THE TROUBLE WITH BEING A PHOTOGRAPHER IS THAT GOOD PHOTOS OF YOU TEND TO BE HARD TO FIND
AT LAST A PRETTY GOOD PHOTOGRAPH OF MY SISTER LUCY—AN EXCEPTIONALLY TALENTED PHOTOGRAPHER—AND HER DAUGHTER, FAITH.
YES, THEY ARE A DECIDEDLY ATTRACTIVE PAIR—AND I AM APPROPRIATELY PROUD OF THEM (AND OF LUCY’S OTHER FOUR CHILDREN).
LUCY IS ON THE LEFT IN SUNGLASSES.
I am the eldest of 12—five fathers were involved—and have written often of my own rather traumatic upbringing. I was abused both physically and mentally, packed off to a boarding school at the age of five—where, being younger and smaller than everyone else, I was bullied for years—and typically sent off to stay with my grandmother (whom I loved dearly) or a pair of aunts during two out of the three annual vacations.
Though I had a home, I rarely saw it—and when I was there, I primarily interacted with the staff. We routinely had two maids and a full-time gardener in those days—at one stage topped up with a butler and house boy. None of them, sad to say, was overly bright, and I was so badly fed when I was a toddler that I got rickets. That is a condition that results from a severe nutritional deficiency—not something that should happen to a child coming from a wealthy, upper-class family.
Meanwhile, my mother lived an almost entirely separate life focused around her drawing room, dining-room, bedroom—social life and lovers. She never had a job. She wrote, but primarily she painted.
The lover I remember best was an Austrian count, Count Taaffe, whose father had twice been prime minister to Emperor Franz Joseph of the Austro-Hungarian empire. I didn’t really believe this until years later I went to see the movie, MAYERLING, where the villain of the piece was a Count Taaffe—acted by James Mason. Mother had a weakness for counts, eventually married a Polish count, and died a countess. My brother Rex’s father was an Austrian count.
That adds up to three that I can remember—but who’s counting!
Later, after we moved house to an even larger dwelling, she added a second drawing room and a studio to her private domain. We children were the responsibility of the servants, and rarely seen by her except for a few minutes before going to bed.
All in all, the first nine years of my life were—by any standards—appallingly difficult—and were characterized by a truly lousy relationship with my charismatic, but dangerously unpredictable, and emotionally unstable, mother. In sum, she was an only child, and entirely clueless about how to handle a boy—so resorted to violence at the slightest provocation (real or imagined). She also had a dominant personality and was highly articulate so she could wound with a sentence. There were no limits to what she would say to achieve such an objective. She could be a frighteningly cruel woman—and excelled at destroying one’s confidence. Few could stand up to her.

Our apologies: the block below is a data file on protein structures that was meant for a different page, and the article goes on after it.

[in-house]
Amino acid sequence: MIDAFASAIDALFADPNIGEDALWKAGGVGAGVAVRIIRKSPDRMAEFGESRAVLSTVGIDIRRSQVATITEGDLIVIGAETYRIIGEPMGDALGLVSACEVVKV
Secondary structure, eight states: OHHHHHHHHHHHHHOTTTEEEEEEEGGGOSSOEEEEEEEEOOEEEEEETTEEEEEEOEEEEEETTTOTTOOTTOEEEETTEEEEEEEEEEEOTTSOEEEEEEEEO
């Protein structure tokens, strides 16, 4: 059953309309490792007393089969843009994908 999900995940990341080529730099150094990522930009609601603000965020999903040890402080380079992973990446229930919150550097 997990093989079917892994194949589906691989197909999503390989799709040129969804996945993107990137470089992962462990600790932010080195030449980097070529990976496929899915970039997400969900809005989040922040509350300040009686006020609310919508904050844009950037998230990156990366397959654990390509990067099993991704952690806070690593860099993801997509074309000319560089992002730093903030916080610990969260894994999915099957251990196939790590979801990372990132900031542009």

Having a thoroughly miserable childhood isn’t all bad because somehow it seems to set one up for a creative life in a way that emotional stability does not. Why is this? I don’t really know, but if you talk to enough creative people, you will soon find that many of us share that background. In my case, I am extremely empathetic and sensitive to atmosphere—and equally observant—characteristics that were undoubtedly fostered by my being in harms way so often. They are invaluable when it comes to writing. The more you sense, observe, and experience, the more you have to write about.
They say that if you are to remain emotionally sane, all you really need is for one person to love you. In my case, that was my grandmother, Vida Lentaigne, a remarkable woman by any standards, whom I miss every day. Granny kept me, more or less, sane.
I don’t want to overdo my claims to sanity because those early years certainly left their scars—and were, at times, pretty terrible.
But enough of such gloom. As we writers like to say, “It’s all material,” and the good news is that my mother mellowed over the decades to the point where the youngest member of the family, Lucy (pictured above) is not just sane, and remarkably well balanced, but has raised her five children to be of similar caliber.
Lucy, the youngest, is now the matriarch of the family—and we are lucky to have her.
Thanksgiving seems like a good day to acknowledge, yet again, that pleasing fact.
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